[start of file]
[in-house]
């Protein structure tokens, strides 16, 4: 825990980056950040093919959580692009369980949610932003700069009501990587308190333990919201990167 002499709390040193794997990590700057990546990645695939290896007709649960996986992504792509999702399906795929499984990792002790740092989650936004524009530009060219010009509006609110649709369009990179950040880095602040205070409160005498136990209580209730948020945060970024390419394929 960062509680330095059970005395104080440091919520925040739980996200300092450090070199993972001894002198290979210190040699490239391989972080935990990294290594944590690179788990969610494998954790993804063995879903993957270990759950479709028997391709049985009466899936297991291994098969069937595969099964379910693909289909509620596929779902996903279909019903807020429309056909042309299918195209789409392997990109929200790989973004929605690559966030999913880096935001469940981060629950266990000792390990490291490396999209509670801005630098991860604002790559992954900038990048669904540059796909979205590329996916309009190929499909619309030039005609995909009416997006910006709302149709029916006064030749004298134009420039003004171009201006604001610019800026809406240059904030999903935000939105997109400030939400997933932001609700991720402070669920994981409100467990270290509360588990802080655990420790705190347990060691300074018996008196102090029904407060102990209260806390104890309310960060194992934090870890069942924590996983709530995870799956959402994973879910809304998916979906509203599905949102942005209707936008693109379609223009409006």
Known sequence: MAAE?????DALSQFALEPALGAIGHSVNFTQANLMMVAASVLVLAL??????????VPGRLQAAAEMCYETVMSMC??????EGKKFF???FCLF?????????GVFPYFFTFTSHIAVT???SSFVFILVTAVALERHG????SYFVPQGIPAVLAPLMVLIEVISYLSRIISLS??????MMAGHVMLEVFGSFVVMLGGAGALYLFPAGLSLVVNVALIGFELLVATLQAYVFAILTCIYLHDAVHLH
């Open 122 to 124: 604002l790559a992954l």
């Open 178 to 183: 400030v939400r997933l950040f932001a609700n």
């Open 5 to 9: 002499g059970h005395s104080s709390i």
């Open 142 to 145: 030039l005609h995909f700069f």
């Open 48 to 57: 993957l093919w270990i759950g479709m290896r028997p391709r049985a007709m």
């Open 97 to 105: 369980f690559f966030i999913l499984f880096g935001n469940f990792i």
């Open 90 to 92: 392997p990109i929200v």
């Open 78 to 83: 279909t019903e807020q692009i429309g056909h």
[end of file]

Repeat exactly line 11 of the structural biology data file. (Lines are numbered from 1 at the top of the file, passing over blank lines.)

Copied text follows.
């Open 78 to 83: 279909t019903e807020q692009i429309g056909h």